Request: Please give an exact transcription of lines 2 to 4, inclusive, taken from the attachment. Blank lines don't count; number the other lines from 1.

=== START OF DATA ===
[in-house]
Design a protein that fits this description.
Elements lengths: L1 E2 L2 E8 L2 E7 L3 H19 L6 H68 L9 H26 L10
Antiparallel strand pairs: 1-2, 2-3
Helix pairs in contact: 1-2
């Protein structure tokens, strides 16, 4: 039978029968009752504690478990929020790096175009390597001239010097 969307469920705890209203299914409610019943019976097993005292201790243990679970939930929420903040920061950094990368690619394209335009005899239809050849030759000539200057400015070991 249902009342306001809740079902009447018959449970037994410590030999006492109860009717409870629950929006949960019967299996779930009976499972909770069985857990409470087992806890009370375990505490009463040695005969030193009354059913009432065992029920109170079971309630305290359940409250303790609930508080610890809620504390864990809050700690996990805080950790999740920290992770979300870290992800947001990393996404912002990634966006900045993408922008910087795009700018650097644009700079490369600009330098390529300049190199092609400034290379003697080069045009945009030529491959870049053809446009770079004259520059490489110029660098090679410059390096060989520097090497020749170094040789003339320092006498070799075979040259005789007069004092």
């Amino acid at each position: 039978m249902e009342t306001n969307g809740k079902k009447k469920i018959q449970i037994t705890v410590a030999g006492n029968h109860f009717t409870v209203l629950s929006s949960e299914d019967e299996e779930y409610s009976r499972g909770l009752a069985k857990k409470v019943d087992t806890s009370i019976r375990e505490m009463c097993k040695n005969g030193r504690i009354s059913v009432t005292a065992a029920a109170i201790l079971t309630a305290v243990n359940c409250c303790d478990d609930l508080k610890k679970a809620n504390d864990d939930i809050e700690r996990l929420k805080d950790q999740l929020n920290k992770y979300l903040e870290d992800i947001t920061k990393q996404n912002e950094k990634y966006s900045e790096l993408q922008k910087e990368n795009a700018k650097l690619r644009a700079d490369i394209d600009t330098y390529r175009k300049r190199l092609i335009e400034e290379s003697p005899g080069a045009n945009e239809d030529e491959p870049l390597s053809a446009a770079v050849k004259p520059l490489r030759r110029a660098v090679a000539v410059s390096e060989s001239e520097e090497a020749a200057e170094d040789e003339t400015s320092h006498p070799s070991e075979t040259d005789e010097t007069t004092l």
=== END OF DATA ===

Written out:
Design a protein that fits this description.
Elements lengths: L1 E2 L2 E8 L2 E7 L3 H19 L6 H68 L9 H26 L10
Antiparallel strand pairs: 1-2, 2-3